ARS UNA

Connecting Arts, Religion, Sciences - Alternative Philosophy of Development

  A modern Middle Way in Institutions and  Private Life  (in English and German)

The distribution of wealth in Germany
is the most important task of the next generation.

The paralyzing fever over a renewed grand coalition not wanted by the voters finally failed to haggle over seats, while the probably big thematic issues remained the more important the more difficult and more difficult they were to pack.  
Photo R.Habeck M.Schwesig Kevin Kühnert ((own montage)  
 
The most important issue from the point of view of a modern Middle Way, the ever-increasing gap in the distribution of wealth between rich and poor, hardly appeared in the negotiations. It had already become very clear in the analysis of the Landtag election of North Rhine-Westphalia, which had been massively lost by the SPD (social democrats), that this was the point which most worried the largest number of voters.
Obviously, there is a need for a generational change, which according to the ideas represented on ARS-UNA always means a discontinuous development. It seems highly gratifying that the Young Socialists under Kevin Kuehnert are placing these supposedly unsolvable problems at the top of the issues, which of course other countries and other parties are facing too, especially the Greens under the newly elected Robert Habeck.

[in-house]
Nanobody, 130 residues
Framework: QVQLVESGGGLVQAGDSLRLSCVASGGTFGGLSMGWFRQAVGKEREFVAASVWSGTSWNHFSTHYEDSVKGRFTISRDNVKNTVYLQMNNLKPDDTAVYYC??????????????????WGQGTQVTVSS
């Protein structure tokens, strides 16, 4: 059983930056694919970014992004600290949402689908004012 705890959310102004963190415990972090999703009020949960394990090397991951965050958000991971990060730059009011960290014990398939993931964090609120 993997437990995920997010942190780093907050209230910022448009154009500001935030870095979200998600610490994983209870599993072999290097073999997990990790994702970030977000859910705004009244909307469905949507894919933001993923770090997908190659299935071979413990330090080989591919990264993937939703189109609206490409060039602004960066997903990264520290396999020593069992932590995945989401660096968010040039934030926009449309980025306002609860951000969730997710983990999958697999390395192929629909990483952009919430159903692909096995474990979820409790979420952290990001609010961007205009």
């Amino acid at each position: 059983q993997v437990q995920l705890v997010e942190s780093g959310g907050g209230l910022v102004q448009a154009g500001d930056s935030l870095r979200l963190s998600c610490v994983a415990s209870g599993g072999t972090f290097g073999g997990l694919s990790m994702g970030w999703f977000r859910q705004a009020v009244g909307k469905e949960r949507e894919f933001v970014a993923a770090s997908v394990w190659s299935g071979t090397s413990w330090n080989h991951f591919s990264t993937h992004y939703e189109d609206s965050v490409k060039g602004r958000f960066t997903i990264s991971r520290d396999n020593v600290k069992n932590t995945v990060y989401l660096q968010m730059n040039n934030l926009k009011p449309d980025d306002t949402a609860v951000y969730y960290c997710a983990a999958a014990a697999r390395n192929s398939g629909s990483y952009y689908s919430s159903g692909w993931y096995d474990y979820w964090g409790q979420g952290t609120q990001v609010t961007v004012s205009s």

In both cases there is a personal reference to these two politicians as author of this page. The own mother bore the birth name Kuehnert. Her father came from Wittenberge and soothed together with Noske after the First World War, the impending sailor uprising in Kiel. Her grandfather was instrumental in the construction of the historic Elbe Bridge Wittenberge as an engineer, while other parts of the family came from Torgau. Robert Habeck, on the other hand, is a minister in the state government in the own hometown Kiel and, as a writer and philosopher, as well as in his politics, he has similar positions to the own ones. Manuela Schwesig from Frakfurt/Oder or now Schwerin would not be a bad choice in their alliance. All three, however, put thematic arguments ahead of the questions of the distribution of seats.  

© Copyright Hans J. Unsoeld, Berlin 2018  
Updated Feb. 10, 2018